The season at the Swan Theatre opened with a magnificent production of All's Well That Ends Well. How could the RSC top that? I'll tell you how, with a truly epic production of Othello that left me breathless and speechless. Gregory Doran's impeccable direction creates a feast of visual and aural delight. I have to say right from the start that the RSC at The Swan Theatre have definitely stumbled upon a vein of pure artistic gold. I eagerly await the rest of this stunning season.
What is there to say of this Othello? Why is it so good, so innovative, so spellbinding from beginning to end? The performances are impeccable, the direction stimulating and the design an intelligent evocation of a Cyprus at war against its Turkish invaders. The politics of the sixteenth century flows effortlessly into the politics of this vibrant production, designed by Stephen Brimson Lewis.
For Shakespeare's audience, the history of the troubled island of Cyprus would be as immediate as the second half of the twentieth century is to us. Annexed by Venice in 1489 and swallowed up by the Ottoman Empire in 1571, the battles that raged between the Venetians and the Turks for control of this jewel in the Mediterranean are superbly re-located by Doran's production into a late 1950s Italian expeditionary force attempting to control a soon to be divided Cyprus. Italian soldiers rub shoulders with bejewelled Turkish-Cypriot peasants whilst behind the scenes negotiations occur with bearded Greek Orthodox Patriarchs.
The set is as oppressive as a Guantanamo Bay prison complex, all steel fencing and padlocks, a military fortification and compound that ill-receives the beauty of Desdemona, Othello's latest conquest in a myriad of conquests. This is a hot, sweaty, fly-blown existence, oppressively violent and, like the Cyprus of the 1950s, ready to explode at any moment into bloody internal war.
We are not immediately buried on the island. The play opens in Venice with a star-crossed lover, Roderigo (Mark Lockyer) desperately seeking to gain the affections of the lovely Desdemona. But Desdemona's heart and hand in marriage have already been given to the Moor, Othello. Unknown to her father, she has married the romantic general who comes to Venice 's aid in time of peril.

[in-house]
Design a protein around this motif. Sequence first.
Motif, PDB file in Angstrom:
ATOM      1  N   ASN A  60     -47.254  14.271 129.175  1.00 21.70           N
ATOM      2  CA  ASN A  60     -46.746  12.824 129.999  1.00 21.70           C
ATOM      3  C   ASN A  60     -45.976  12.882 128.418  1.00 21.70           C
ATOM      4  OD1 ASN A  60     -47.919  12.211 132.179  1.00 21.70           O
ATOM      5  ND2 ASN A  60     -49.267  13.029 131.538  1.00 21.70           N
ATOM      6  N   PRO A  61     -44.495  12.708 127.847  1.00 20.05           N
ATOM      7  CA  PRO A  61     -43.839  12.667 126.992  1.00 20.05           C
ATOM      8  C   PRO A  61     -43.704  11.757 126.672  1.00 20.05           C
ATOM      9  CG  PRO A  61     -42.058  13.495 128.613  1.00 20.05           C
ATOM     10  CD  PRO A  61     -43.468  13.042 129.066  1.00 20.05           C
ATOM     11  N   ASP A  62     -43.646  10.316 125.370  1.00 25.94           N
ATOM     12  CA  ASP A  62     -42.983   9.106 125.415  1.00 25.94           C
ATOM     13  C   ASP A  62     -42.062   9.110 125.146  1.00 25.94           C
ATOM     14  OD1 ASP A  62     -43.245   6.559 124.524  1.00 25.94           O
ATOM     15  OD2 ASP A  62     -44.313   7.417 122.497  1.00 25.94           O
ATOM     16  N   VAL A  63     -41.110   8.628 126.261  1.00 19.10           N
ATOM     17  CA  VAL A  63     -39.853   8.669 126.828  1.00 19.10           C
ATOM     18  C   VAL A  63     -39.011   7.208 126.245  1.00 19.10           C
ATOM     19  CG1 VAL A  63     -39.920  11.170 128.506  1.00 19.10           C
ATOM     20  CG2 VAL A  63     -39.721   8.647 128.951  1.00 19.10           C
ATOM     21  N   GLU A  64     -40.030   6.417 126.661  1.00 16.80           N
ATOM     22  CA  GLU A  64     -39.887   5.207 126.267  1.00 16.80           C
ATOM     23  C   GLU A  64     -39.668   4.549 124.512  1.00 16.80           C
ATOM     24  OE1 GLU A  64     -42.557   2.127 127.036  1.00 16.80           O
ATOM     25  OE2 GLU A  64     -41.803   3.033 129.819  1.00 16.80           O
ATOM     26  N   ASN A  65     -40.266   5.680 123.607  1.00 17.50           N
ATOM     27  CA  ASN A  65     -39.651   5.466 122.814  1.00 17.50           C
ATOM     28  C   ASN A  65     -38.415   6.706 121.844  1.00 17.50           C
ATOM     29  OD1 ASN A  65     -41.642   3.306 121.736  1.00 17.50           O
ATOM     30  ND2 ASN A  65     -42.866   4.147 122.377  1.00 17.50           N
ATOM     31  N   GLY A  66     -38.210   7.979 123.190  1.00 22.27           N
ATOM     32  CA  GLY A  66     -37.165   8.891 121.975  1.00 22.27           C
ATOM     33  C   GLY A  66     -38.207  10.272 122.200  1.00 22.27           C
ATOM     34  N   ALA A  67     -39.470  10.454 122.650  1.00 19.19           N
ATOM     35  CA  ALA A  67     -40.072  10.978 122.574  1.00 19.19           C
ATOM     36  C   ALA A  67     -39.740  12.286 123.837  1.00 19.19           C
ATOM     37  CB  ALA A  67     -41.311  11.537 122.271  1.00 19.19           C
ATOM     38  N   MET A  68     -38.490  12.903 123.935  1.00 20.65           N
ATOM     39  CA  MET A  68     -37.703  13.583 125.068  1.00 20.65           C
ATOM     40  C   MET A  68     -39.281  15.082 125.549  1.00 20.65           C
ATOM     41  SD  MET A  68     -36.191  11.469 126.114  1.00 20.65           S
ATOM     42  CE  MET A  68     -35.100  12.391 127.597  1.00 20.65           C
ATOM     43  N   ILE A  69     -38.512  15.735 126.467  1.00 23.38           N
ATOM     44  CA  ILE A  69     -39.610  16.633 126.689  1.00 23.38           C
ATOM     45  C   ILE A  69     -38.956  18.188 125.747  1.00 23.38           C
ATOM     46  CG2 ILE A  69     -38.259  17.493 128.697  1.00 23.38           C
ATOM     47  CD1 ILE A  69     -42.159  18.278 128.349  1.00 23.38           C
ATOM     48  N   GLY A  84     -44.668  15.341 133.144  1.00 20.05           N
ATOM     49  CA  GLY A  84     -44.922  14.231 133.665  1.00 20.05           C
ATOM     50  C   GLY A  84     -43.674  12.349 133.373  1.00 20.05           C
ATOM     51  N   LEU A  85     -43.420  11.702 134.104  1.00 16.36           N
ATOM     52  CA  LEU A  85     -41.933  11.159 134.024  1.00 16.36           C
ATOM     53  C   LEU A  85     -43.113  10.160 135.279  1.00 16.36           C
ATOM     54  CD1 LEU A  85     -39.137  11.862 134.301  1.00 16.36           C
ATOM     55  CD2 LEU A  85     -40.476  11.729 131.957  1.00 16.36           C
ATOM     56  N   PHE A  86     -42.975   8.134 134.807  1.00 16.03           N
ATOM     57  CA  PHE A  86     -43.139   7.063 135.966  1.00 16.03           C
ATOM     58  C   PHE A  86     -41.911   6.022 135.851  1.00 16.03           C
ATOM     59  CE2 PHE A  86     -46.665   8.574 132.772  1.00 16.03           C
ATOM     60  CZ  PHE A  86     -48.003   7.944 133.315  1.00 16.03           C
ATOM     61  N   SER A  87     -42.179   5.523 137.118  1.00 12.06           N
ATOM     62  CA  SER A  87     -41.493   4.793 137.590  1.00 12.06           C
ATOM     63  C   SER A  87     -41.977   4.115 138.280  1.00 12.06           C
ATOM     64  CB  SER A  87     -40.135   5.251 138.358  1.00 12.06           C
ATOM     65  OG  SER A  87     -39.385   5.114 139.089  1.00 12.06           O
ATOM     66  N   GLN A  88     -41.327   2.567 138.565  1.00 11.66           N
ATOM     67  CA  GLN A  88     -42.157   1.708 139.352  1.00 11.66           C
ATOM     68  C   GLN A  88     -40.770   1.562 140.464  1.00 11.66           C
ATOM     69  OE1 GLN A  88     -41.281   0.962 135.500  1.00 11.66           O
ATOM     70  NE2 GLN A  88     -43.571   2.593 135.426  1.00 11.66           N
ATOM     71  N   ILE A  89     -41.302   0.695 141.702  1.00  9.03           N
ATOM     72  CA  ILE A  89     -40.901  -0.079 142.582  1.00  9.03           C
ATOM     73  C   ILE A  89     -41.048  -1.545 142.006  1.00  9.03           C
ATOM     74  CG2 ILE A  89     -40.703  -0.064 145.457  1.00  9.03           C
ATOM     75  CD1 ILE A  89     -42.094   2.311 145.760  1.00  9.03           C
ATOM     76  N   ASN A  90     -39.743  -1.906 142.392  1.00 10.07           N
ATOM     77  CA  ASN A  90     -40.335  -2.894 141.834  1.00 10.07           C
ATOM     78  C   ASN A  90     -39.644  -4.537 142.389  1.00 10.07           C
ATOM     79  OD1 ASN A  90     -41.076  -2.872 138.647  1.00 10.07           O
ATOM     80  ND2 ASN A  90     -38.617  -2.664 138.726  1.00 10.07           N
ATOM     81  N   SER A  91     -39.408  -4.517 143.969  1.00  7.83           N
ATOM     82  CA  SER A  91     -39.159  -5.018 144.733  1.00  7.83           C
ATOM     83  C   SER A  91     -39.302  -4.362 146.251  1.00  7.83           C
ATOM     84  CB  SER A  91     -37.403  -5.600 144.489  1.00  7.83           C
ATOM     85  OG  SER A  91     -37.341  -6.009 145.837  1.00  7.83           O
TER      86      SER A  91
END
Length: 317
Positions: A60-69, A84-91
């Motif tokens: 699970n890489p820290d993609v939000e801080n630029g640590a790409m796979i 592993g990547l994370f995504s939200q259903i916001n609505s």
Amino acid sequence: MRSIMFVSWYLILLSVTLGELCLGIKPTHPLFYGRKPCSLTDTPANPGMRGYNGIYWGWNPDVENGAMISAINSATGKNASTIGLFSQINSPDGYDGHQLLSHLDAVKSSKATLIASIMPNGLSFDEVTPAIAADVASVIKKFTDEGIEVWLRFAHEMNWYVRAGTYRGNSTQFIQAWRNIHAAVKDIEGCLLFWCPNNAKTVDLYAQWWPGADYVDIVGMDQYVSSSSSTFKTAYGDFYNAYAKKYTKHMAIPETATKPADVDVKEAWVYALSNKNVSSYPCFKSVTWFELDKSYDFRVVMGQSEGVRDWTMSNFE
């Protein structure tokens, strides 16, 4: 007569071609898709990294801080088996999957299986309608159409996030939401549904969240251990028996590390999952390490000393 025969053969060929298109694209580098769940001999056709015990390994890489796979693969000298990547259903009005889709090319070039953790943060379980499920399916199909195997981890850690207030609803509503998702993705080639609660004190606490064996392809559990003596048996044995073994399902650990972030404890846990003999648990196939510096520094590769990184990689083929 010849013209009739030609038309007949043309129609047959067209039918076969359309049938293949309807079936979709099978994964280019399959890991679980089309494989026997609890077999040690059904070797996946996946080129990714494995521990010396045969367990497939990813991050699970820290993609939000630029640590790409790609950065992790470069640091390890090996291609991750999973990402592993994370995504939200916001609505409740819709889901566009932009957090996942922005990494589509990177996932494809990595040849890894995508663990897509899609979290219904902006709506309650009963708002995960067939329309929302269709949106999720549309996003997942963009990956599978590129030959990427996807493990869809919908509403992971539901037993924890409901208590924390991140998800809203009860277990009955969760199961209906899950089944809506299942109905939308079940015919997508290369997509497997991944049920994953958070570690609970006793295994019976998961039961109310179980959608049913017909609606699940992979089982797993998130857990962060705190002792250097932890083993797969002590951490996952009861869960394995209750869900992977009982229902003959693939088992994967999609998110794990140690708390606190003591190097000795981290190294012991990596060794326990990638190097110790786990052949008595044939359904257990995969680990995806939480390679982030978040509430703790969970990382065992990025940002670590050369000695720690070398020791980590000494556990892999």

Roderigo intends to stir up as much malice as possible to this union, and is egged on by Iago, Othello's ensign, later to be promoted lieutenant. Antony Sher commands the stage as Iago with the physical and verbal authority of a sergeant major in a conscript's barrack-room. This is a professional soldier. War-hardened and self-interested, Sher struts in his impeccably polished boots, to all outward appearance an upright and honourable military machine. In fact, Iago is a bitterly twisted individual, the green anguish of jealousy gnawing at his heart.
This play seems to revolve around jealousy, and its awful consequences. A true tragedy in which the great fall through the insidious suggestions of the lowly. Iago hates his leader Othello, not because of his skin, but because of his sexual dynamism. Iago is convinced his wife, Emilia (Amanda Harris), has been between the sheets with his general. Iago's sole motive for existence is to trap the Moor and revenge that which appears to be a figment of Iago's warped imagination.
No tragedy based on extremes of love would be complete without a woman of beauty and virtue to drive men wild. Desdemona is played with chaste sexuality by Lisa Dillon. A Venetian rose transported to a rough army base in the hot Mediterranean , Dillon glides amongst the sweating expeditionary force like Grace Kelly at an Okinawa Veteran's Convention. Dillon is passionate in her love and faithfulness for Othello; a true lady, her downfall is even more poignant since her heart is the purest in Cyprus .